December 09, 2022
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    Kumar Sangakkara on Sri Lanka Cricket team

    June 16, 2019

    The famously fickle British weather has dominated the past week of the Cricket World Cup, rain and cold winds interrupting the summer and ruining several games, halting the momentum of a tournament that had started so positively.Everyone hopes that the sunshine will return from this weekend, but the wet summer has clearly impacted the conditions and some teams have faced more challenges that others.

    It’s obvious that drainage efficiency in the different venues varies greatly. In Bristol, we saw the game between Pakistan and Sri Lanka being called off in sunshine due to wet patches on the outfield while the match between England and West Indies in Southampton was played despite heavy rain throughout the week.

    It’s the luck of the draw, but harder for some teams to take, especially when we are also seeing a surprising variation in pitch conditions. We have seen some noticeably green pitches, apparently to hold the pitch together, but then browner pitches also at the very same venue.

    Uniform neutral pitches are a key requirement for a global tournament like this and that has unfortunately not always been the case. Sides have to adjust, but the disgruntled murmurs emanating from some team camps can be understood.

    It’s a shame that it’s not practical to cover the entire playing area like is the norm in Sri Lanka. That effort requires huge manpower but it has become something of an art form for us and helps protect cricket from some of the monsoonal downpours we have to contend with.

    For Sri Lanka, the forward strategy is a pretty simple one: bat well and build totals the bowlers can defend; or work out how to chase down the totals set. There is a need to get back to basics in terms of building long partnerships.

    Angelo Mathews and Kusal Mendis need to carry the middle order through. Both need to score effective runs and needs more spark and energy in their approach. Their body language has been a bit defeatist and they need to inspire that dressing room, with help from Lasith Malinga, for Sri Lanka to compete.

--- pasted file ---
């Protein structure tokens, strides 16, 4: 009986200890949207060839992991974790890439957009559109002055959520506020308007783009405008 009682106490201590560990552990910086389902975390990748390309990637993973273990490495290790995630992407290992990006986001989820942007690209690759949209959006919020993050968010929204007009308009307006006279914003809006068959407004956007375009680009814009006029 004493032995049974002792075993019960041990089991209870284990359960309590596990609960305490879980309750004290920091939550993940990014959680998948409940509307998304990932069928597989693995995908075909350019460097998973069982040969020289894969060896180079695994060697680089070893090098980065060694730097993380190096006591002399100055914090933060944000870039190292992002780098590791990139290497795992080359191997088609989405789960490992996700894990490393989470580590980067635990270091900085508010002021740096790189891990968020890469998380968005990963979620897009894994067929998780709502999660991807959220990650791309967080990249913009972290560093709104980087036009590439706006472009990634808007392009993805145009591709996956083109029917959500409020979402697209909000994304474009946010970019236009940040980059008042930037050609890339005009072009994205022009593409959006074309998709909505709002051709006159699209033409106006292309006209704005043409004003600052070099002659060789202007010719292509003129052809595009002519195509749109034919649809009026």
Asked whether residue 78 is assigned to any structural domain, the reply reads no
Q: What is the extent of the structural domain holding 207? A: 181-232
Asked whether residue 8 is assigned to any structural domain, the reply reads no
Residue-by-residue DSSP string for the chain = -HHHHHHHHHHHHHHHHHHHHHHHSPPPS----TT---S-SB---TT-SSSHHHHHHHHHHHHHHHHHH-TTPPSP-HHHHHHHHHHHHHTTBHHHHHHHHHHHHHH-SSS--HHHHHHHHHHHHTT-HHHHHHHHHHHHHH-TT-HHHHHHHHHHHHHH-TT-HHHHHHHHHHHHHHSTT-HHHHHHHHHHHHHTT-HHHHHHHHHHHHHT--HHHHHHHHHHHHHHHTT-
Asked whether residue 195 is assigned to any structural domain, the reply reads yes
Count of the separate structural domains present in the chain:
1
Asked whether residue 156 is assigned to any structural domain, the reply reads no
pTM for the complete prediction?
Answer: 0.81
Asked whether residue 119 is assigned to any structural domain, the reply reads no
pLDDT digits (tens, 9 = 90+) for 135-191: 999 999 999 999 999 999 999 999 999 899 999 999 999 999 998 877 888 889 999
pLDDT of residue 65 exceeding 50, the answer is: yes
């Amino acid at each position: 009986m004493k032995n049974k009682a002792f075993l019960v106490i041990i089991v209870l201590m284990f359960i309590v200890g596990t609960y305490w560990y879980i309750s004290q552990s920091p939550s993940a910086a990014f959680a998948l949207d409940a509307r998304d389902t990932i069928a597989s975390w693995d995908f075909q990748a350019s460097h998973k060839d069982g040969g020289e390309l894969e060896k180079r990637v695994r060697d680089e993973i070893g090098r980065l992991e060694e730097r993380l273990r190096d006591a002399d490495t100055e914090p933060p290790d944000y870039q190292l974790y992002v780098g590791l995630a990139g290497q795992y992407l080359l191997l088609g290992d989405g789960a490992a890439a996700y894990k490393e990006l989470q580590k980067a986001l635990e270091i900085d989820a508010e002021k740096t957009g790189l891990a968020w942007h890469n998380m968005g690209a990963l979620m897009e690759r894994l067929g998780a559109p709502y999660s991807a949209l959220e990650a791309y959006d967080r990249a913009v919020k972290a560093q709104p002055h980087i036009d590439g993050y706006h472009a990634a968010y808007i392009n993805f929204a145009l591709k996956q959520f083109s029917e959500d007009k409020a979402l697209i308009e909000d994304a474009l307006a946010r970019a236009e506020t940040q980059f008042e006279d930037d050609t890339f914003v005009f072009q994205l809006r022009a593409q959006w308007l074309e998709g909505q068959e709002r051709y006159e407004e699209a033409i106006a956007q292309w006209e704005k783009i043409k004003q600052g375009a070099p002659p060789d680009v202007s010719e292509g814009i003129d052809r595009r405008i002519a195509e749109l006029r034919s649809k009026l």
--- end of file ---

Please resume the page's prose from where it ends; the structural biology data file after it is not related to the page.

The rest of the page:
They need to take games deep and keep challenging themselves to rise to difficult occasions. They have the ability to do that and I believe deep-down they have the belief.

    For India, the injury to Shikhar Dhawan is a big blow. His record in big tournaments is phenomenal. He has had a great start to this World Cup and his partnership with Rohit Sharma has been the foundation upon which India builds its imposing totals and allows the freedom to the other batsmen.

    That is a reason why India, understandably, will allow Dhawan every possible opportunity to recover and postpone a full replacement even though that replacement is the brilliant Rishabh Pant.

    This gives them the opportunity to strengthen their all-round abilities by selecting Ravindra Jadeja or Vijay Shankar, or instead go with the full batsman in terms of experience and class in Dinesh Karthik.

    Whichever way they go, it will be looked on as an opportunity by their passionate and fantastic captain Virat Kohli, and especially by KL Rahul who will probably be promoted to open the innings.

    The weather forecast for their epic clash with Pakistan looks reasonable and it should be a fantastic contest. India will be favourites to extend their fine record in World Cups against Pakistan and their unbeaten run in this tournament.

    However, Pakistan are very dangerous when things click and we will just have to see which Pakistani team turns up on the day.South Africa, meanwhile, are struggling to break free from the AB de Villiers selection controversy after news broke that he had made a last-minute offer to play in the World Cup despite previously retiring from international cricket.

    My view is that AB has been plagued with indecision in the recent past and has struggled to balance out the requirements of playing lucrative franchise cricket with the sacrifice that comes with playing for your country.

    The reasons for this are complex, and possibly not entirely of his own making, but if he wanted to return to the international fold a sacrifice was in turn required well ahead of time to prepare and reintegrate fully to the South African side.

    The decision to refuse his offer of a comeback for the World Cup must have been a hard one, especially in light of the expert skill he brings to the side and his clear match winning ability, however it seems a decision taken after much thought.

    The issue would have been better served if it were public knowledge before the tournament began rather than being disseminated once South Africa lost a few games.

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